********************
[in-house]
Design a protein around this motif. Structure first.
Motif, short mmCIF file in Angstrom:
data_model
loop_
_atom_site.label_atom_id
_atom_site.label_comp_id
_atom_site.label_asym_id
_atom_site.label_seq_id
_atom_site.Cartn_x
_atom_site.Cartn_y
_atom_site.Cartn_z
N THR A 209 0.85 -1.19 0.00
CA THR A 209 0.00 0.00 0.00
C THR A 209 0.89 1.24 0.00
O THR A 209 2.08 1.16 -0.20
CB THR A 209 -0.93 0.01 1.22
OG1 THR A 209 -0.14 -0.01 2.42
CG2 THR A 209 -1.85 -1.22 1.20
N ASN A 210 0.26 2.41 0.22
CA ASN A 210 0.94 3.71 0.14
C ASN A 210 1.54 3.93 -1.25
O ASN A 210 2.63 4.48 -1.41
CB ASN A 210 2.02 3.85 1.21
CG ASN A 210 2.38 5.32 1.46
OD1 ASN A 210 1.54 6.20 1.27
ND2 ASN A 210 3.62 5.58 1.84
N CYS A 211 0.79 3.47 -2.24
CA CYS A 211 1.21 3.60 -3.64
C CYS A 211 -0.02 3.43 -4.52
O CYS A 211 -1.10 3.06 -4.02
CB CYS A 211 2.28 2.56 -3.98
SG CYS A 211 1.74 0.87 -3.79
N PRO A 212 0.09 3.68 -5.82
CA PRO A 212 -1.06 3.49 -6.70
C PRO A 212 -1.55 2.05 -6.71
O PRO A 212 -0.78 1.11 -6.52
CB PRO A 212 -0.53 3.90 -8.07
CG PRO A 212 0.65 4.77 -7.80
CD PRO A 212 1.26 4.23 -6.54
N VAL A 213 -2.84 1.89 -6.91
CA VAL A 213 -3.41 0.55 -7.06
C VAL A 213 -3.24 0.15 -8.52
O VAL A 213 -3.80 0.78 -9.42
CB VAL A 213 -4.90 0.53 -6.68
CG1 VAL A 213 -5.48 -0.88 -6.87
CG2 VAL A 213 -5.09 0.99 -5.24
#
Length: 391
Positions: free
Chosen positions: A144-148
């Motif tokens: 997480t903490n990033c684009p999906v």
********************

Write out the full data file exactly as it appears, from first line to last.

[in-house]
Design a protein around this motif. Structure first.
Motif, short mmCIF file in Angstrom:
data_model
loop_
_atom_site.label_atom_id
_atom_site.label_comp_id
_atom_site.label_asym_id
_atom_site.label_seq_id
_atom_site.Cartn_x
_atom_site.Cartn_y
_atom_site.Cartn_z
N THR A 209 0.85 -1.19 0.00
CA THR A 209 0.00 0.00 0.00
C THR A 209 0.89 1.24 0.00
O THR A 209 2.08 1.16 -0.20
CB THR A 209 -0.93 0.01 1.22
OG1 THR A 209 -0.14 -0.01 2.42
CG2 THR A 209 -1.85 -1.22 1.20
N ASN A 210 0.26 2.41 0.22
CA ASN A 210 0.94 3.71 0.14
C ASN A 210 1.54 3.93 -1.25
O ASN A 210 2.63 4.48 -1.41
CB ASN A 210 2.02 3.85 1.21
CG ASN A 210 2.38 5.32 1.46
OD1 ASN A 210 1.54 6.20 1.27
ND2 ASN A 210 3.62 5.58 1.84
N CYS A 211 0.79 3.47 -2.24
CA CYS A 211 1.21 3.60 -3.64
C CYS A 211 -0.02 3.43 -4.52
O CYS A 211 -1.10 3.06 -4.02
CB CYS A 211 2.28 2.56 -3.98
SG CYS A 211 1.74 0.87 -3.79
N PRO A 212 0.09 3.68 -5.82
CA PRO A 212 -1.06 3.49 -6.70
C PRO A 212 -1.55 2.05 -6.71
O PRO A 212 -0.78 1.11 -6.52
CB PRO A 212 -0.53 3.90 -8.07
CG PRO A 212 0.65 4.77 -7.80
CD PRO A 212 1.26 4.23 -6.54
N VAL A 213 -2.84 1.89 -6.91
CA VAL A 213 -3.41 0.55 -7.06
C VAL A 213 -3.24 0.15 -8.52
O VAL A 213 -3.80 0.78 -9.42
CB VAL A 213 -4.90 0.53 -6.68
CG1 VAL A 213 -5.48 -0.88 -6.87
CG2 VAL A 213 -5.09 0.99 -5.24
#
Length: 391
Positions: free
Chosen positions: A144-148
């Motif tokens: 997480t903490n990033c684009p999906v």